Review: Tomorrow turns out to be a living hell—just like watching Mutant Chronicles

Contributed by
Dec 14, 2012, 3:54 PM EST

It's hard to recommend The Mutant Chronicles for any reason, but if you're interested at all, it's indisputably best to see it on the big screen. Initially released via Video on Demand, the film is not available in all areas in a widescreen format, and even high-definition digital cable fails to do favors for its already dubious special effects.

Then again, the tradeoff is that at home you and your buddies can all watch for one low price, while at the movies all of you lose money buying individual tickets. Because writ small or large, Simon Hunter's 23rd-century adventure is a disastrous bit of uninspired imagination that reminds genre fans of better films instead of surpassing them, and makes one long for the comparatively straightforward incompetence of filmmakers like Uwe Boll.

Written by Philip Eisner (Event Horizon), The Mutant Chronicles follows Maj. Mitch Hunter (Thomas Jane), a classically cool soldier whose resolve is tested when he is sent on a suicide mission to destroy a machine that is turning Earth's human population into claw-fisted mutants. Collaborating with a ragtag group of warriors and misfits under the watchful eye of Brother Samuel (Ron Perlman), Hunter and company descend into the hellish underworld of the mutants, only to discover that the line between man and monster is thin indeed.

Quite frankly, there are so many clichés written into this story that it's hard to know where to begin deconstructing it. The opening scene, a gritty battle sequence stripped straight from Saving Private Ryan, evokes casual heroism and battlefield regret, both of which undoubtedly become a big part of Hunter's future motivation. From there, Brother Samuel delivers an impassioned speech to convince his bureaucratic superior (a sleepwalking John Malkovich) to allow a small, hand-picked team to make a last-ditch effort to save Earth. It is then disputable whether the multicultural ensemble of soldiers qualifies as lazy tokenism or the film's sole creative inspiration, but rest assured there are at least one woman, black, Latino and Asian among Hunter's gun-toting colleagues.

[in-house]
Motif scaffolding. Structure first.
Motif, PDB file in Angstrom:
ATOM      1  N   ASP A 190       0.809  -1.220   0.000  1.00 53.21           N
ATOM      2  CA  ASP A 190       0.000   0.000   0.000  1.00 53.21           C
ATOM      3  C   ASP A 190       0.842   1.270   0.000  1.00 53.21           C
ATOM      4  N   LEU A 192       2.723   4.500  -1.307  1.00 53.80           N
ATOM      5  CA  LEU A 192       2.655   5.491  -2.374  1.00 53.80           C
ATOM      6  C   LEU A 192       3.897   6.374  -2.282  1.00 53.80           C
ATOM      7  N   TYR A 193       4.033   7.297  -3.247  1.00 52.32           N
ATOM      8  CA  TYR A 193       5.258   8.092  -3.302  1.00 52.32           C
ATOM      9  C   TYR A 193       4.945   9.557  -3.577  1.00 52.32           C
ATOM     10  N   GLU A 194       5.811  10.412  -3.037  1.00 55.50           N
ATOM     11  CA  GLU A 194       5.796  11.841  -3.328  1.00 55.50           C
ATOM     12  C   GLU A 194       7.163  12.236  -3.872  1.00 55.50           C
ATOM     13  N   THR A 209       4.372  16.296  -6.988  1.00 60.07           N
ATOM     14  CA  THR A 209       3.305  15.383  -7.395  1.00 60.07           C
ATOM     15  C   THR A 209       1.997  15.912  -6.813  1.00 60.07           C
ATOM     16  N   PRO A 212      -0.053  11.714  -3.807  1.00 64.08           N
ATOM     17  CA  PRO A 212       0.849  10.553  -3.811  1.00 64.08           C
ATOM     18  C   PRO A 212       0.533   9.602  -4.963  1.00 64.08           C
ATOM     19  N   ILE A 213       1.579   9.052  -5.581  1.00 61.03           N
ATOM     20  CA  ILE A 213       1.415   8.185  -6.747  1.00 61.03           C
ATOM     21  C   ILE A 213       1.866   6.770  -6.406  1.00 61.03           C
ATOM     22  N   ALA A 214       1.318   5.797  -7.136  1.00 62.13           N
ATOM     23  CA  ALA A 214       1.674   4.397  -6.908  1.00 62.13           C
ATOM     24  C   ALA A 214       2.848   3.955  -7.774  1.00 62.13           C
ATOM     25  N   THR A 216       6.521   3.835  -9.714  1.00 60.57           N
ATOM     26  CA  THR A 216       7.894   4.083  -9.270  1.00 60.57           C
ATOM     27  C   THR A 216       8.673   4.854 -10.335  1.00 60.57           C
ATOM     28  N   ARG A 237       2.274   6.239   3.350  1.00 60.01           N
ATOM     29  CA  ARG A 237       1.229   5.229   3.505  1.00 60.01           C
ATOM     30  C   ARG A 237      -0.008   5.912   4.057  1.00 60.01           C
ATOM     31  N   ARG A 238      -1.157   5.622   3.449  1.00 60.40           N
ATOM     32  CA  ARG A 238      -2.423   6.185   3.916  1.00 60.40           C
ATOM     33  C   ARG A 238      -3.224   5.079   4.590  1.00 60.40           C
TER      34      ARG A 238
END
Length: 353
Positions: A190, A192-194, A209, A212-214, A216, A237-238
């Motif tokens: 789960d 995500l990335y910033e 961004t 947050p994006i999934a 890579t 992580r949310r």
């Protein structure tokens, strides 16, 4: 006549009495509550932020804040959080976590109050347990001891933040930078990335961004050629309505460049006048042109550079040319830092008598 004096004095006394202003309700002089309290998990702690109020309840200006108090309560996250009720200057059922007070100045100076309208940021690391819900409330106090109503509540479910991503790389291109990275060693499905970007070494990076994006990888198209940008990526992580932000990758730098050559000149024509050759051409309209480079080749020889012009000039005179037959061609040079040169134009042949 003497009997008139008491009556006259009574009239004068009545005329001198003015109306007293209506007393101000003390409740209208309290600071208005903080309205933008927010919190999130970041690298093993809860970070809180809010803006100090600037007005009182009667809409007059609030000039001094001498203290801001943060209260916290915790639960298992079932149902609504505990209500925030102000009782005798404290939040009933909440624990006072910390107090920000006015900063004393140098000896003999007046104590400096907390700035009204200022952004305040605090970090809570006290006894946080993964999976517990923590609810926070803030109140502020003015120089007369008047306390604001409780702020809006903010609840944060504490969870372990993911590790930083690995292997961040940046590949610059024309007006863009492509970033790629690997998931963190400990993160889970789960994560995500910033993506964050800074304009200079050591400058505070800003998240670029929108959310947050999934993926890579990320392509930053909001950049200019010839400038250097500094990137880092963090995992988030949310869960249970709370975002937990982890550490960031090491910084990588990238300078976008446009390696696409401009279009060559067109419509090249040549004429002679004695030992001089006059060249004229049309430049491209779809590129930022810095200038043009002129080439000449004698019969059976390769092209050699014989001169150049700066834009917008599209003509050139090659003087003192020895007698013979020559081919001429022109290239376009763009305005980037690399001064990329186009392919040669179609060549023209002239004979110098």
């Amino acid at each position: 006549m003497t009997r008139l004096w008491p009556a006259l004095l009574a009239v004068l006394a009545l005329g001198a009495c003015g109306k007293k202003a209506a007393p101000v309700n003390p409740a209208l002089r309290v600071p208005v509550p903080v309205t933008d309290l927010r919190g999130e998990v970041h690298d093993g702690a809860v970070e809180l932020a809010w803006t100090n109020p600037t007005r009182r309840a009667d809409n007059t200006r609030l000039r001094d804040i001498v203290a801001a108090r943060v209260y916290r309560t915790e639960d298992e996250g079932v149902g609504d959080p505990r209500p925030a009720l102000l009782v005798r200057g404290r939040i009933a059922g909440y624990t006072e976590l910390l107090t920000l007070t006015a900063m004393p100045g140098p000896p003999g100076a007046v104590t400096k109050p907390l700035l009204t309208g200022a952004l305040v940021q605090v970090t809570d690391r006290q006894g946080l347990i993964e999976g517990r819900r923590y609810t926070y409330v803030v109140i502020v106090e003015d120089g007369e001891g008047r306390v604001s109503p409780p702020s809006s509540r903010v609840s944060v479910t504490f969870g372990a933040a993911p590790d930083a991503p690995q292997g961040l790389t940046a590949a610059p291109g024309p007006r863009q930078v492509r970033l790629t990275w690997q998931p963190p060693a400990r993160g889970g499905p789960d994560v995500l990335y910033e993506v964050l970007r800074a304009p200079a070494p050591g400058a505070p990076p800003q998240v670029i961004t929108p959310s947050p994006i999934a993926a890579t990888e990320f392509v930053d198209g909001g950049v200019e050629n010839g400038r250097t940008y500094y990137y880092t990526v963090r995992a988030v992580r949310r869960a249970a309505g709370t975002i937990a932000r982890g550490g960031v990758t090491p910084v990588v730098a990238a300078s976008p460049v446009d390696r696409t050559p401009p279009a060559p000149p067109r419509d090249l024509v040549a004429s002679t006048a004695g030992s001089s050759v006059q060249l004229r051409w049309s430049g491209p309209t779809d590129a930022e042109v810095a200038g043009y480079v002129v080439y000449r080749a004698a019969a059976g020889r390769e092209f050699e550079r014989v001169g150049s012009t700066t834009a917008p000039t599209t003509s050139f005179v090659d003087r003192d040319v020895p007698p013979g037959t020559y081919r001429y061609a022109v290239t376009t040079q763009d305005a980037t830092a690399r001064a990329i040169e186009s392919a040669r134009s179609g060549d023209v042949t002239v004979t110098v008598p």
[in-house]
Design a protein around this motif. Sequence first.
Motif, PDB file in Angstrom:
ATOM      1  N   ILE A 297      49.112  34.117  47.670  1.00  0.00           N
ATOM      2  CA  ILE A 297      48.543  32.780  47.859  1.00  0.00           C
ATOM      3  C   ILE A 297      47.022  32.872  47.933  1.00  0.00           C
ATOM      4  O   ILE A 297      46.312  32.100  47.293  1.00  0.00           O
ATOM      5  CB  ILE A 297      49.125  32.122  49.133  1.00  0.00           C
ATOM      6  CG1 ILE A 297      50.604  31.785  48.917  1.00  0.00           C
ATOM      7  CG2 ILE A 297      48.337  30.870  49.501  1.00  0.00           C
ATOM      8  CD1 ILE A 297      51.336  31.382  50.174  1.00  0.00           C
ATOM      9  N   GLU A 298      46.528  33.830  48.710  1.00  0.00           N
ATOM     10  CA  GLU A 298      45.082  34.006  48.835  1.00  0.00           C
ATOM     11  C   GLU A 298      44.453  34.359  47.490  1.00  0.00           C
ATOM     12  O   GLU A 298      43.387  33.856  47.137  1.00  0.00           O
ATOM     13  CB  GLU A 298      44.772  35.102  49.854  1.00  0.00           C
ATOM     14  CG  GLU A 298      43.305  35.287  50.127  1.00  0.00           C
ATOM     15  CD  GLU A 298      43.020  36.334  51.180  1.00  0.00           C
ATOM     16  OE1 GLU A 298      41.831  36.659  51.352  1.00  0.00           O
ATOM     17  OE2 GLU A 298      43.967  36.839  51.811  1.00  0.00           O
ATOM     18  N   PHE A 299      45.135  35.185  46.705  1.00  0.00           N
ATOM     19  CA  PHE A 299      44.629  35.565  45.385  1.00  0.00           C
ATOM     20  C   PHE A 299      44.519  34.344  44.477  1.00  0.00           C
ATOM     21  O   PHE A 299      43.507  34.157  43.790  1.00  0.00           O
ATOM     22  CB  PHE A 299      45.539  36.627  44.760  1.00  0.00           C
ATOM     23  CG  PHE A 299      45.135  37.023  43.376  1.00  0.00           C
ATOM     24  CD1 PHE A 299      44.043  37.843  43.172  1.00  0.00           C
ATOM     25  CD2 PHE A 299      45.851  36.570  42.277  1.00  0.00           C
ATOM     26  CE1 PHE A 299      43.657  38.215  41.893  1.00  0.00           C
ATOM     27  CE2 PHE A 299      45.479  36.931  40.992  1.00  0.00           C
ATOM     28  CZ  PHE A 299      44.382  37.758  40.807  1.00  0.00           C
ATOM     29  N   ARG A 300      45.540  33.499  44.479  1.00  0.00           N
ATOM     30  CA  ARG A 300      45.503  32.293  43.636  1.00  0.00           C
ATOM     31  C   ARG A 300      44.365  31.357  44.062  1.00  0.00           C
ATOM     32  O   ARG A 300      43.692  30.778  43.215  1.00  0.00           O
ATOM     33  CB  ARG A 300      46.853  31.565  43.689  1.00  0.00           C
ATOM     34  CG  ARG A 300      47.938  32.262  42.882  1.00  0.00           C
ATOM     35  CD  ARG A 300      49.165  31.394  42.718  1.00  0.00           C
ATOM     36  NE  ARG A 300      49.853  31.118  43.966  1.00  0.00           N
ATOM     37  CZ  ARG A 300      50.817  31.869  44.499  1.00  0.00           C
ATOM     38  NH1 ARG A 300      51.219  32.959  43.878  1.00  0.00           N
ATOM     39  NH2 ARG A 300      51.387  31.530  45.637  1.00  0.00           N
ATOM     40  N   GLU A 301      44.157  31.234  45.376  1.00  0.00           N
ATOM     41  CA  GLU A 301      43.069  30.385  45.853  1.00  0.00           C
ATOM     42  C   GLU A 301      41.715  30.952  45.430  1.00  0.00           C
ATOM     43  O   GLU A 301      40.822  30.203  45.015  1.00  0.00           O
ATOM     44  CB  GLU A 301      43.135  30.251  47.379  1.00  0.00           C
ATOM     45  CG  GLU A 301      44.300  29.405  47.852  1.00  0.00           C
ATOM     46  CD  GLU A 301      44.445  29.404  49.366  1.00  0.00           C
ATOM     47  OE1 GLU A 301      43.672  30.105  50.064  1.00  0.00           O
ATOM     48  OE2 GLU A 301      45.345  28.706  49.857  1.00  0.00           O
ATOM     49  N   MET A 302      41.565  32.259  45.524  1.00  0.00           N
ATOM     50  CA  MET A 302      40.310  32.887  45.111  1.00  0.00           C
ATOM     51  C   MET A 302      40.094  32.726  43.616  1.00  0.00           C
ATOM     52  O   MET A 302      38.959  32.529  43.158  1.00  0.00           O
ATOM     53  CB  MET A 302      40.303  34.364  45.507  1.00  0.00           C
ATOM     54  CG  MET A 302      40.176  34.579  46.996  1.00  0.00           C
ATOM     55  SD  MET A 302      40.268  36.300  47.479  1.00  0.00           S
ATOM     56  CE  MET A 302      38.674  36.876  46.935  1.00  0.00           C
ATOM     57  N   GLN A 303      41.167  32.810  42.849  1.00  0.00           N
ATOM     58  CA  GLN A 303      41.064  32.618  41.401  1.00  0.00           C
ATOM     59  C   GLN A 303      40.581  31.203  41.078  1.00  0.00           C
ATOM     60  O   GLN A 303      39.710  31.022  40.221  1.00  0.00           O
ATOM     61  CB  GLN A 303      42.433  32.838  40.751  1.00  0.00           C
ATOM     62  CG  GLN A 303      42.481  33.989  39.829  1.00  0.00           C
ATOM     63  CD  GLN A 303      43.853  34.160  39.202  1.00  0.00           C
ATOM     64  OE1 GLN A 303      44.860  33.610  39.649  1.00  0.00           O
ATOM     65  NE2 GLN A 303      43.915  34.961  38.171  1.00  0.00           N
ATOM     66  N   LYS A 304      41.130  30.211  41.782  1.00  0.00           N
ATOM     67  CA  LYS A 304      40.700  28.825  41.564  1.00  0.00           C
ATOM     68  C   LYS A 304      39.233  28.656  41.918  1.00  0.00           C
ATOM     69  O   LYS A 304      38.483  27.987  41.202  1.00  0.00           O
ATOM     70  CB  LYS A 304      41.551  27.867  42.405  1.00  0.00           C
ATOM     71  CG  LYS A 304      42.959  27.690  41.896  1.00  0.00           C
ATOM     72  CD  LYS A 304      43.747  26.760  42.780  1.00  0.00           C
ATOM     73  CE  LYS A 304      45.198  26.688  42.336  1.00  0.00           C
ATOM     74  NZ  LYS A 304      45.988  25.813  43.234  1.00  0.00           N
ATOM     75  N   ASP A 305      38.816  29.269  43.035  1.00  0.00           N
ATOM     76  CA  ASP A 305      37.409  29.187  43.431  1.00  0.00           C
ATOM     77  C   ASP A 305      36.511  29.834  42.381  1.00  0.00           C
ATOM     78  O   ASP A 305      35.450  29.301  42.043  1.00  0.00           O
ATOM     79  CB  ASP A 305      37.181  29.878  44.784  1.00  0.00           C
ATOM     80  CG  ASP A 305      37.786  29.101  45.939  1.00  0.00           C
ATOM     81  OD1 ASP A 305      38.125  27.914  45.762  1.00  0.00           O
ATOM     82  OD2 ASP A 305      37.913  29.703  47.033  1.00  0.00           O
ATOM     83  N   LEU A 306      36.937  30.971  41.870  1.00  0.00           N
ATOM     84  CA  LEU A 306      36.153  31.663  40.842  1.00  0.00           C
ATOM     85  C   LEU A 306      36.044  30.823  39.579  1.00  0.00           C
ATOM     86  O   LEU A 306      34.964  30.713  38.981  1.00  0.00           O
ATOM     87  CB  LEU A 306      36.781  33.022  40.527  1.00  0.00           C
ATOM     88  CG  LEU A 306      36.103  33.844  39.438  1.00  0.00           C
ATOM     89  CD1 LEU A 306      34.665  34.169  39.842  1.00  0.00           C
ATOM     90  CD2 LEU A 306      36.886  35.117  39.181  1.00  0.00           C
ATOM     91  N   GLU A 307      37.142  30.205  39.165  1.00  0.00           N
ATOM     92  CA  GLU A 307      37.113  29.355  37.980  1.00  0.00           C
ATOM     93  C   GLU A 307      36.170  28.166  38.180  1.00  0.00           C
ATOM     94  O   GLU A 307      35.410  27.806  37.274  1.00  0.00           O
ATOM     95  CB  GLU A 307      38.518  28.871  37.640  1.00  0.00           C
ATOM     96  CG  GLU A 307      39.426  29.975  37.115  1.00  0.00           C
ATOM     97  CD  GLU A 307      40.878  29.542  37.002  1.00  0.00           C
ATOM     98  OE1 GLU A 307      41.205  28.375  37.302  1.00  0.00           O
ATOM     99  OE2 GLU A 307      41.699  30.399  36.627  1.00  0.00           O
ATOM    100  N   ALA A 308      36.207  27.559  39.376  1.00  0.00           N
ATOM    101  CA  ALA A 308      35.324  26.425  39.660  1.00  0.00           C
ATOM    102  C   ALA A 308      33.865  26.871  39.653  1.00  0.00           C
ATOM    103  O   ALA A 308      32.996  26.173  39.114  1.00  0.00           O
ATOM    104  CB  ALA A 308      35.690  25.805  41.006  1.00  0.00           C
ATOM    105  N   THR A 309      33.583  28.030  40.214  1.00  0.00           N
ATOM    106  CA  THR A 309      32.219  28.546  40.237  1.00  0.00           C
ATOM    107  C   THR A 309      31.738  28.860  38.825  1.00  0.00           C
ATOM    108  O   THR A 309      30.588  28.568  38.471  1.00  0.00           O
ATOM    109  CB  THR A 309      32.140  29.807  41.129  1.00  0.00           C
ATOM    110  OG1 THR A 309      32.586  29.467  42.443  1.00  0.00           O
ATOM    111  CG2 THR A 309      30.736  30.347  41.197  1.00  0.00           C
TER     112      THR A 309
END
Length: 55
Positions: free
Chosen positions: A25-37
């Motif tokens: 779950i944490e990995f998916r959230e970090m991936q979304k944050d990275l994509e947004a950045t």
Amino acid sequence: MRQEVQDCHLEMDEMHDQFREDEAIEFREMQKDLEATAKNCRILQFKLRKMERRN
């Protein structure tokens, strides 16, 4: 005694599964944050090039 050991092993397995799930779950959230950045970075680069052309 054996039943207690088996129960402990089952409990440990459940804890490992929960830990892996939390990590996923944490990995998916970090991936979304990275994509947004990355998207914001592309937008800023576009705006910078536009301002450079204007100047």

The remainder of the film essentially plays out like the second and third acts of Aliens, where the soldiers find themselves increasingly encircled by monstrous adversaries, although the mutants never quite seem fearsome enough. Perhaps it's because they are largely silent, or because their only reason for existing is to impale people's faces with those spiky hands of theirs, but they offer little or nothing in the way of a real enemy for our heroes, even when they are occasionally gifted with the power of thought or speech. Meanwhile, the political parallels and cultural metaphors fly fast and easy as we are reminded yet again that mankind is equally if not more destructive than these mutants, and that our wars are irrelevant in the face of more formidable problems—uh, like alien machines that gestate in the earth until they're activated by our cross-continental battles.

That said, the film does have a few satisfyingly crass scene payoffs, including when a kid dies and the ship that he's flying on explodes into a group of waiting refugees. But given the fact that we're supposed to be fretting for humanity's future, it's probably a bad thing that we're gleefully enjoying such wanton, reckless destruction. Then again, those are the film's only moments of originality or invention—not counting its unique distribution model—which is why it's best to take what little enjoyment one can from its mishmash of hackneyed formulas and get out while you still can. Ultimately, The Mutant Chronicles is barely flash and absolutely no substance, full of bad CGI and empty of good ideas, which is why it really doesn't matter where or how you see it, because no matter what the format, presentation or circumstance, it just doesn't work.